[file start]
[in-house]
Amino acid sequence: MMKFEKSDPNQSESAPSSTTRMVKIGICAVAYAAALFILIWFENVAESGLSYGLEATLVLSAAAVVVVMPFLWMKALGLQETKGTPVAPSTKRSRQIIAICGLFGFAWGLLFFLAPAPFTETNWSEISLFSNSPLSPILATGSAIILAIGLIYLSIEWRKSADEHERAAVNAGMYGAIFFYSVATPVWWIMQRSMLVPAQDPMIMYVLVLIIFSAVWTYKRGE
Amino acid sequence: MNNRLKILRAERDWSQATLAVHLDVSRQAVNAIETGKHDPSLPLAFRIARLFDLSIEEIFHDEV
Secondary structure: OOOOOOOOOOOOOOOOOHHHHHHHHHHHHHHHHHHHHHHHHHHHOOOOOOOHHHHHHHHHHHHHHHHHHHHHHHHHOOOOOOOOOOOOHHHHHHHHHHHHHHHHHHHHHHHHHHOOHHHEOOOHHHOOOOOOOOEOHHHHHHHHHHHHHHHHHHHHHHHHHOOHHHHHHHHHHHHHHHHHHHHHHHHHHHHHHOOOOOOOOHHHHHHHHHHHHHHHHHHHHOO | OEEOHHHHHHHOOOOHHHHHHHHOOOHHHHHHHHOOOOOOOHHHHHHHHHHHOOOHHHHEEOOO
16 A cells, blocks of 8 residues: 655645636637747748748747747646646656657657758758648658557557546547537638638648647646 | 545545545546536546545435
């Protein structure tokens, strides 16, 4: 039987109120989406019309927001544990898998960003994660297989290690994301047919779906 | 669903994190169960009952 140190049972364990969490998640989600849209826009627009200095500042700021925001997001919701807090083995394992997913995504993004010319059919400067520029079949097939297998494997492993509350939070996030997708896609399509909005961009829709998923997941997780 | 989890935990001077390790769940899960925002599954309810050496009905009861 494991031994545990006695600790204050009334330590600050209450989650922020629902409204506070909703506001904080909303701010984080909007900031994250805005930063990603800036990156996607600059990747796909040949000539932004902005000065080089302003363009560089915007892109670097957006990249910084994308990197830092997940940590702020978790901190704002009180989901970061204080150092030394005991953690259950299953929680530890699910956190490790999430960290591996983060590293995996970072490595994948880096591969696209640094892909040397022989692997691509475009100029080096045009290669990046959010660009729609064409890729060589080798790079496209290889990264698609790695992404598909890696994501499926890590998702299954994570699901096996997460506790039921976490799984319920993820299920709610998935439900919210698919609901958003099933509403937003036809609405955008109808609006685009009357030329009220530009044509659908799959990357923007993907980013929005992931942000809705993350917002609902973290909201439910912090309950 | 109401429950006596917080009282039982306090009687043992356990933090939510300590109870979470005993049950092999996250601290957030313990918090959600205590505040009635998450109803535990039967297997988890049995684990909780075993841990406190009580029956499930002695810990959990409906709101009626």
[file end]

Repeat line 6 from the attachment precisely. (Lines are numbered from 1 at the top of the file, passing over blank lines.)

């Protein structure tokens, strides 16, 4: 039987109120989406019309927001544990898998960003994660297989290690994301047919779906 | 669903994190169960009952 140190049972364990969490998640989600849209826009627009200095500042700021925001997001919701807090083995394992997913995504993004010319059919400067520029079949097939297998494997492993509350939070996030997708896609399509909005961009829709998923997941997780 | 989890935990001077390790769940899960925002599954309810050496009905009861 494991031994545990006695600790204050009334330590600050209450989650922020629902409204506070909703506001904080909303701010984080909007900031994250805005930063990603800036990156996607600059990747796909040949000539932004902005000065080089302003363009560089915007892109670097957006990249910084994308990197830092997940940590702020978790901190704002009180989901970061204080150092030394005991953690259950299953929680530890699910956190490790999430960290591996983060590293995996970072490595994948880096591969696209640094892909040397022989692997691509475009100029080096045009290669990046959010660009729609064409890729060589080798790079496209290889990264698609790695992404598909890696994501499926890590998702299954994570699901096996997460506790039921976490799984319920993820299920709610998935439900919210698919609901958003099933509403937003036809609405955008109808609006685009009357030329009220530009044509659908799959990357923007993907980013929005992931942000809705993350917002609902973290909201439910912090309950 | 109401429950006596917080009282039982306090009687043992356990933090939510300590109870979470005993049950092999996250601290957030313990918090959600205590505040009635998450109803535990039967297997988890049995684990909780075993841990406190009580029956499930002695810990959990409906709101009626």